Does an aspirin a day really keep the doctors away?
There’s a lot of misinformation out there, so we set the record straight.
Aspirin and Stroke
First off, the drug aspirin is usually used to relieve pain, reduce fever, and reduce inflammation.
In the hospital, aspirin is often administered to stroke patients in order to prevent another stroke from happening. This is due to the anti-clotting properties of aspirin.
Since an ischemic stroke occurs when a blood clot cuts off the supply of blood to the brain, taking an anti-clotting aspirin helps prevent another blood clot from forming and striking your brain again.
It can be a great preventative measure when taken correctly.
Finding the Right Dosage
This is where it gets tricky.
Mark Albers, M.D., states in an article from WebMD that a one-size-fits-all approach does not work for aspirin therapy. The FDA-approved dose is 81 – 325 mg, a very wide range for you to fall in.
While you can be tested to see how well Aspirin thins your blood, this drug is best used by individuals who have already had a stroke or heart attack and are using aspirin to prevent it from happening again.
Aspirin can also be used if you’re at a high risk of heart attack, have diabetes, or other risk factors leading to stroke or heart attack (like smoking or high blood pressure). Consult with your doctor before adding any sort of drug to your regimen.
We have to be very careful when taking aspirin as there are multiple risks to taking this drug. The main concern with aspirin is that it increases your risk of bleeding in the gut.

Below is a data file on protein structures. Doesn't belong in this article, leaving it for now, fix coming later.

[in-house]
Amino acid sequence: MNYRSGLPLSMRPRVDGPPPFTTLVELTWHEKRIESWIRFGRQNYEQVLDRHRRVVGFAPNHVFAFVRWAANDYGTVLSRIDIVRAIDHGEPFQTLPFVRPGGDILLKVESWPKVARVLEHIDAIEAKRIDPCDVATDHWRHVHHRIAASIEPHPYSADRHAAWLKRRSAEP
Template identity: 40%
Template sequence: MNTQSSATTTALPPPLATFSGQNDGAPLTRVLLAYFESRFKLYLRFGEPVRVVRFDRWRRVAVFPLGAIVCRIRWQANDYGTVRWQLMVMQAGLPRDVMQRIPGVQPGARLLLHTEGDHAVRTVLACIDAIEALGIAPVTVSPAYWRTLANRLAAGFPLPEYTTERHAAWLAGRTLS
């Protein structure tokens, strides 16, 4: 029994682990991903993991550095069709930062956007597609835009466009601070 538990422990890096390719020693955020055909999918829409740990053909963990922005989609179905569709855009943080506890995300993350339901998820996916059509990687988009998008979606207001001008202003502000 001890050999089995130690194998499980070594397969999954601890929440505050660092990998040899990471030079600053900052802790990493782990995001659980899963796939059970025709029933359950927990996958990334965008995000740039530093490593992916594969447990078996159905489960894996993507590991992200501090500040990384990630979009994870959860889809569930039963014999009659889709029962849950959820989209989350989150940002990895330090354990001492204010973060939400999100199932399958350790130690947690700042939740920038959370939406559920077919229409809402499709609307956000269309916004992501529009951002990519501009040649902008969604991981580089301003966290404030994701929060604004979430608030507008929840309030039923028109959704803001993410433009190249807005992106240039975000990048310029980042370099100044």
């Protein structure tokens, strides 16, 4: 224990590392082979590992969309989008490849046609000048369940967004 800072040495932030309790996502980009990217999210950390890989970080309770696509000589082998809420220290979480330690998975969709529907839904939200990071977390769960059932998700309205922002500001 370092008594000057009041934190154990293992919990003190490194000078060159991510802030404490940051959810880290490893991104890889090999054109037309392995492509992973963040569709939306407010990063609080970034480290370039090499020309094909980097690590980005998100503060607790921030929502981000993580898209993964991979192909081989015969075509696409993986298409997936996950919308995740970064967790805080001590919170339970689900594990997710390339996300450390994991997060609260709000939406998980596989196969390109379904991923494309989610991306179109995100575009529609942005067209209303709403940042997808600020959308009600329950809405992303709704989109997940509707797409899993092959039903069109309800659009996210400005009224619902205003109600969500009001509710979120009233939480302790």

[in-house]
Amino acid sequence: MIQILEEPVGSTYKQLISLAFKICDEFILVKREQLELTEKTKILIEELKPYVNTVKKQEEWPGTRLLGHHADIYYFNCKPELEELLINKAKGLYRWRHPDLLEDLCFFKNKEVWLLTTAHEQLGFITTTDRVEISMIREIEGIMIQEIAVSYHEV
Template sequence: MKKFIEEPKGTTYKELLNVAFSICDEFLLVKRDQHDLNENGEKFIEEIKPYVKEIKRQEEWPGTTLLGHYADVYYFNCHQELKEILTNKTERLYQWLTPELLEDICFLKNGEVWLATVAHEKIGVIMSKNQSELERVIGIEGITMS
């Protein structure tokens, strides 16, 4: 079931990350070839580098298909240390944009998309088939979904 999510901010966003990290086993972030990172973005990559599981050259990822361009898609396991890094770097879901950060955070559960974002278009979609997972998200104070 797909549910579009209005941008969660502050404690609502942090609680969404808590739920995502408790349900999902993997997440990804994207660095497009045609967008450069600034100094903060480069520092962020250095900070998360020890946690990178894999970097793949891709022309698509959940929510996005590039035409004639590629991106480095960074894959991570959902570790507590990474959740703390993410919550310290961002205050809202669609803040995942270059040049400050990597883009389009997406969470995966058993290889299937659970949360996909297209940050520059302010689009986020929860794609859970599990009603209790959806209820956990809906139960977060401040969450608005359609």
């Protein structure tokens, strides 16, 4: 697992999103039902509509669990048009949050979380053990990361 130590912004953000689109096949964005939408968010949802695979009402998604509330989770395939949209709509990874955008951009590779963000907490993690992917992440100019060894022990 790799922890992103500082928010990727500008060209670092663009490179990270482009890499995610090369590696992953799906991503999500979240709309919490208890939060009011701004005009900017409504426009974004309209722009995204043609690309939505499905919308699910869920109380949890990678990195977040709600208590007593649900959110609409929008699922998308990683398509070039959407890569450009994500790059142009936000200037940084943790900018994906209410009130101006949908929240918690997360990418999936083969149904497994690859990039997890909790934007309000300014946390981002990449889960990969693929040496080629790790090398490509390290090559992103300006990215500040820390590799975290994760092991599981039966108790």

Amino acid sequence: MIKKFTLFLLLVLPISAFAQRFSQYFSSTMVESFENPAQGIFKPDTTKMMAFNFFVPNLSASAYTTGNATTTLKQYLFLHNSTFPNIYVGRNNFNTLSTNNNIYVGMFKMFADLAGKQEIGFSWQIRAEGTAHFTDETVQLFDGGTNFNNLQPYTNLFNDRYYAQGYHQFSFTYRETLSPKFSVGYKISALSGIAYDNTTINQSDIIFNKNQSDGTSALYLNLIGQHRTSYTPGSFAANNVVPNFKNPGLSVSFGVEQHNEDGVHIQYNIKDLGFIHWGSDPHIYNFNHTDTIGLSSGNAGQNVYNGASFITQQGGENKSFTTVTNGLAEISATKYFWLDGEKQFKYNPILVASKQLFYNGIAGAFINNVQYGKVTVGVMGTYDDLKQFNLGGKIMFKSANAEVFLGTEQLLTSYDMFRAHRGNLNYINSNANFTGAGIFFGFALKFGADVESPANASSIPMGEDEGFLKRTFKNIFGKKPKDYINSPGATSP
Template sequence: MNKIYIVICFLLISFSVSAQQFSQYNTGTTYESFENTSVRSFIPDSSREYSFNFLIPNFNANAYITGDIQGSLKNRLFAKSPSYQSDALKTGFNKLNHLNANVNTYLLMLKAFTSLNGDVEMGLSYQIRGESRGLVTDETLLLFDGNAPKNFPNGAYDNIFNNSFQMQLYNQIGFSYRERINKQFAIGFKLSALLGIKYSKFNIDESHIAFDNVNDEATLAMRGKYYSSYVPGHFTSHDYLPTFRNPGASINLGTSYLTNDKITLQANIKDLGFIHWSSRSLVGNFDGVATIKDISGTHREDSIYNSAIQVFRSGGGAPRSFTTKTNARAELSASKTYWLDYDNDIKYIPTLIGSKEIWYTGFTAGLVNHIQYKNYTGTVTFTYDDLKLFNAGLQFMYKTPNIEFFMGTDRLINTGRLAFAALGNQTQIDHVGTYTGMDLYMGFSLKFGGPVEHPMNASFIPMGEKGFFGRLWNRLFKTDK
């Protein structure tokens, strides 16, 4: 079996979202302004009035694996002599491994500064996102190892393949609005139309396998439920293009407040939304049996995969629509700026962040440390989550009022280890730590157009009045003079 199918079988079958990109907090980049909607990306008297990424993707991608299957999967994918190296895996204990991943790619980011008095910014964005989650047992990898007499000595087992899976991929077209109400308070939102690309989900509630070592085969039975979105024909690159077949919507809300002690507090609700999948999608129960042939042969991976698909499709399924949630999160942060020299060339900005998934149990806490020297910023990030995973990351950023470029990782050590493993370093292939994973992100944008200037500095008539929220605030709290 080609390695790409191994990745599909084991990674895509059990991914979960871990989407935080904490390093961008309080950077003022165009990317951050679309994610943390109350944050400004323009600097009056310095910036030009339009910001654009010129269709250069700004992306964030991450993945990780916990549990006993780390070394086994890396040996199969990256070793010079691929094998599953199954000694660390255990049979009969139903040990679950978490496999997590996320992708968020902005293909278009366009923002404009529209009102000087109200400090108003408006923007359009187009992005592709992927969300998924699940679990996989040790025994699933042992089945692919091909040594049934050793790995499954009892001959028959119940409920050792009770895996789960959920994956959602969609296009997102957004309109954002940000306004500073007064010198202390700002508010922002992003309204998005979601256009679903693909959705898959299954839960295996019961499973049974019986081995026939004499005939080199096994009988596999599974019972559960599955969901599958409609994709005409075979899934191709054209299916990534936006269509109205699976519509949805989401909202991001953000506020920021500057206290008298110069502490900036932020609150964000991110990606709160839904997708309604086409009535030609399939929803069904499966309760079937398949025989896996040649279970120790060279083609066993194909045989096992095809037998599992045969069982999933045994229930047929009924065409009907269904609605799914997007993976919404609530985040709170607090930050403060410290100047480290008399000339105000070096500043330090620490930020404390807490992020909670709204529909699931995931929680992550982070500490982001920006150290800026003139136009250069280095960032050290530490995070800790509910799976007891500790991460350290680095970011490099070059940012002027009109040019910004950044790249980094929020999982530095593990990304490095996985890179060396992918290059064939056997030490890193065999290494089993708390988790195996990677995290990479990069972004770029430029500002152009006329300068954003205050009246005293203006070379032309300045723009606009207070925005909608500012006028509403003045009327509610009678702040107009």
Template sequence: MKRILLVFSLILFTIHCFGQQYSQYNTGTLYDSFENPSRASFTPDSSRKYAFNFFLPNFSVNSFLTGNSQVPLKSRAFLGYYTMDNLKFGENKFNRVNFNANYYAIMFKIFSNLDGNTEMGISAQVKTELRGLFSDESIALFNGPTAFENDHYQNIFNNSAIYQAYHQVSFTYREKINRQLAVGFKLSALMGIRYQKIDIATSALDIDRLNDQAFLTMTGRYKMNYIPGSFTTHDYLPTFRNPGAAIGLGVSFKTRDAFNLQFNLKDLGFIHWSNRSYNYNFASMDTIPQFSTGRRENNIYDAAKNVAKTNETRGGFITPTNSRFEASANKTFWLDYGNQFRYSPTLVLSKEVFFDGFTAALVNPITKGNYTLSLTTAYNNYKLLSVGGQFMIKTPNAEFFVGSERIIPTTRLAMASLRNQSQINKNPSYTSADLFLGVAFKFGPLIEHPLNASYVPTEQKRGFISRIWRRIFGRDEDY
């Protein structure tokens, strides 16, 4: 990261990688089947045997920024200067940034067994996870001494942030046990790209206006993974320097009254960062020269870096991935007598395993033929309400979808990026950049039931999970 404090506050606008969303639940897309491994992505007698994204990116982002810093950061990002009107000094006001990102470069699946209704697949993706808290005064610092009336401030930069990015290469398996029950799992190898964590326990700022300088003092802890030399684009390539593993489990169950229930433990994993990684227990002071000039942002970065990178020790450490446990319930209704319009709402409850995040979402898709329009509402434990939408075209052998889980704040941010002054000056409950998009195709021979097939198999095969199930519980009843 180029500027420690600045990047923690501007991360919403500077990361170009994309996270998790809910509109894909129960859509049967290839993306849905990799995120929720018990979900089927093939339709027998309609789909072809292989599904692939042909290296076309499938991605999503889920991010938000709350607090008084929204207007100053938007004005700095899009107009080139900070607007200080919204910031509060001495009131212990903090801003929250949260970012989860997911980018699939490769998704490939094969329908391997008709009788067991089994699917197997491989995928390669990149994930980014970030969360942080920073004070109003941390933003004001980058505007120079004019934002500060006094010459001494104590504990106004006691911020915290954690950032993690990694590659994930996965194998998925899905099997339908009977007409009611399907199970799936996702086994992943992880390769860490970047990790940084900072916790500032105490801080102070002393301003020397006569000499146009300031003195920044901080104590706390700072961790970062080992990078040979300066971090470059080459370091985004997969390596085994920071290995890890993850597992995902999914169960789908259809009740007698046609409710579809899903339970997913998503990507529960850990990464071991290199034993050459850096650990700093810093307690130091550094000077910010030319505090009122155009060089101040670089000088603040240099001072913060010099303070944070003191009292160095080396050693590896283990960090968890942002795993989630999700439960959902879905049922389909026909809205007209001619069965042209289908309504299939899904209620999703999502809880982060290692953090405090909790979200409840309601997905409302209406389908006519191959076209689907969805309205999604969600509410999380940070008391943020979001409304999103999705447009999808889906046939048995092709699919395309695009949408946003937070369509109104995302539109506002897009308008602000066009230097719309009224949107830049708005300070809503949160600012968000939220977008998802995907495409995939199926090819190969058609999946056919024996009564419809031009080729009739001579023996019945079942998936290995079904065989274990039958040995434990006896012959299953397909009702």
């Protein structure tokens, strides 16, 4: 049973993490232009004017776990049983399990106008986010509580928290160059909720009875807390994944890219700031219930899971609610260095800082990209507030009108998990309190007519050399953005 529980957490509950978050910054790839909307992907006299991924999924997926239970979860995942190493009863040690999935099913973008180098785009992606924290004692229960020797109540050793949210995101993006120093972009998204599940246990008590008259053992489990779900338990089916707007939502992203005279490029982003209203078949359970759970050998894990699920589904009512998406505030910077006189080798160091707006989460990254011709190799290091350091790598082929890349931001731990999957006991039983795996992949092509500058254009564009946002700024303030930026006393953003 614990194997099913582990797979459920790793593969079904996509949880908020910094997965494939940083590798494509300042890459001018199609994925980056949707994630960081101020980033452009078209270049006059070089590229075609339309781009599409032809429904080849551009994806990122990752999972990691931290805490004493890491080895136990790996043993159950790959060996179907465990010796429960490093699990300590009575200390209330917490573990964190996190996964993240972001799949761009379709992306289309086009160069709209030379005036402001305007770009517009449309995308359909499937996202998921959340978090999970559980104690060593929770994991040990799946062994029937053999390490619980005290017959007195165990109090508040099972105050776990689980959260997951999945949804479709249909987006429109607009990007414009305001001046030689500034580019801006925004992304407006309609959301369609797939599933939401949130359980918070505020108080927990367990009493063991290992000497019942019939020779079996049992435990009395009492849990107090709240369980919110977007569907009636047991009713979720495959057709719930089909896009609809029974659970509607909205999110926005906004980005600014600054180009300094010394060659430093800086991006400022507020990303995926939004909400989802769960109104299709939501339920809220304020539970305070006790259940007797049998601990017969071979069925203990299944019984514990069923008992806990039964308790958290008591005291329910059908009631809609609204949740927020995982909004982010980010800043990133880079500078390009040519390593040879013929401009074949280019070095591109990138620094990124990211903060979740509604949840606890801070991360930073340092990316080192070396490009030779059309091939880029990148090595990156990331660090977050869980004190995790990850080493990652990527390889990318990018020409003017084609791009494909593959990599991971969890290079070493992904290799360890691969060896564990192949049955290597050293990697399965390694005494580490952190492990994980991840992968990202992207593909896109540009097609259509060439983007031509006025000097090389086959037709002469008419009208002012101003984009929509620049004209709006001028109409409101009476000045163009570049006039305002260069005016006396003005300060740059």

So if you have a bleeding or clotting disorder, you should avoid taking aspirin completely. Also, if you start taking aspirin daily and then suddenly stop, it can create a rebound effect and increase your risk of heart attack.
Yes, taking aspirin is much more complicated than many people think.
Here’s what Yoon Kong Loke, MBBS, says about aspirin:
“Aspirin works in two ways… It is commonly used as a painkiller, and you need fairly big doses for that. Small doses of aspirin, which are perhaps 10 to 20 times lower than that used for pain relief, are strong enough to knock out the platelets in blood and thin it down.
The benefit of thinning the blood is that you are less likely to have clots causing strokes or heart attacks. But you can’t have this benefit without at the same time running the risk of bleeding in the gut.”
So let’s end on a happy note.
Taking aspirin, or any medication for that matter, carries some risks but it also offers potentially life-saving stroke-preventative benefits.
If you have already suffered from a stroke or heart attack, then taking an aspirin a day can help reduce your risk of suffering from another fatal clot.
But if you haven’t experienced a stroke before, then be extra careful about the risks associated with aspirin.
And like always, check with your doctor first.